Lockhart River, Eastern Cape York Peninsula, Queensland, Australia born 1979
Stinging Rain ... him yah fall down ... afternoon time
Lockhart River, Queensland, Australia
Materials & Technique: paintings, synthetic polymer paint on canvas
Rosella Namok started panting on canvas in 1984 in her community of Lockhart River, a former mission settlement 800 kilometres north of Cairns. She was fifteen years old, and the Cairns TAFE had just established its Aboriginal and Torres Strait Islander arts course and organised a painting program to be run at Lockhart River. The program gave the young people of the community the opportunity to develop artistically and to tell their ancestral stories in the lasting form of paint on canvas, as opposed to the temporal arts of sand drawing and body painting.
Namok’s style of painting was derived from sand drawings, a practice taught to her by her grandmother, who, sitting on the beach and telling stories to the young women, would run her fingers through the sand, making marks before wiping them away to start anew. This traditional approach to sharing knowledge provided a strong foundation and cultural context to Namok’s contemporary art practice.
All of Namok’s works are personal in nature; they are stories of family, life and Country. The titles speak for the paintings. She paints what is before her. Growing up in the coastal region of far north Queensland, her Country, the stormy seas and monsoonal rains can be seen in her paintings. In a 2011 artist statement, she describes her inspiration for Stinging rain … him yah fall down … afternoon time:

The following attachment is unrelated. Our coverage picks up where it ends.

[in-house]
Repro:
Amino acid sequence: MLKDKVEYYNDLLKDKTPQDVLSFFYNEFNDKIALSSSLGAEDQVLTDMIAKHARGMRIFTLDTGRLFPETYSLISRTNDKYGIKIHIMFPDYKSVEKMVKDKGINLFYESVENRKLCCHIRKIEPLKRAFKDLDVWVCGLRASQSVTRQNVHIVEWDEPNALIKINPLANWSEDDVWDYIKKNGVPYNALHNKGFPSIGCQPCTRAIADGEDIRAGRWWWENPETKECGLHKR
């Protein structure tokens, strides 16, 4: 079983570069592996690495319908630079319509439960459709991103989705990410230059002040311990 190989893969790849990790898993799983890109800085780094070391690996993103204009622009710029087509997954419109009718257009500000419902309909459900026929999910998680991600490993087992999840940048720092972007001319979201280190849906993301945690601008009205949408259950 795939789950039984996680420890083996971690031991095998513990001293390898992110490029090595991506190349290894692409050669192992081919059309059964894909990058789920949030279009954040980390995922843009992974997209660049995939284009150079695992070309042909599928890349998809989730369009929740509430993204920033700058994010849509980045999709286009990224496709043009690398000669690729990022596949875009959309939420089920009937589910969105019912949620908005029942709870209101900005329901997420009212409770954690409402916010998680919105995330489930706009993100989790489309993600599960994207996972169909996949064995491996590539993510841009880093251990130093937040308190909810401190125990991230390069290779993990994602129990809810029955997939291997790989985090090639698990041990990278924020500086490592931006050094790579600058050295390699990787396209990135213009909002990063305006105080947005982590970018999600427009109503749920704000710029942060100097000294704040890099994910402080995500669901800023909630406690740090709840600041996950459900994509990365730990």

Fishing down at Aangkum … my father’s Country. You can feel that wind blow … you know … late afternoon … just before dark. You feel just a bit of that rain fall down … feel that cold wind blow … you say … Ah rain, here ’e come. It starts to pour buckets of water … you can’t fish for long … you get numb … the kids get too cold. It’s always good when it starts to rain … it stings your face and stirs up the fish underneath.
Namok is widely known for her technique of layering thick paint onto the canvas and slowly stripping away the paint with her fingers and other implements to reveal what lies beneath. The method is central to her practice, harnessing the physicality of paint to gesture not only at the depth of knowledge and but also at the complexity of culture and how it manifests in the land.
The beauty of this striking work is in its balance and ambiguity. Where does the sky meet the water? Is there a distinction between them? Or does water simply return to water? This work seems to suggest that, in the monsoonal homelands of Namok’s people, such simple distinctions are reductive.
Kelli Cole Assistant Curator, Aboriginal and Torres Strait Islander Art
in artonview, issue 72, Summer 2012/13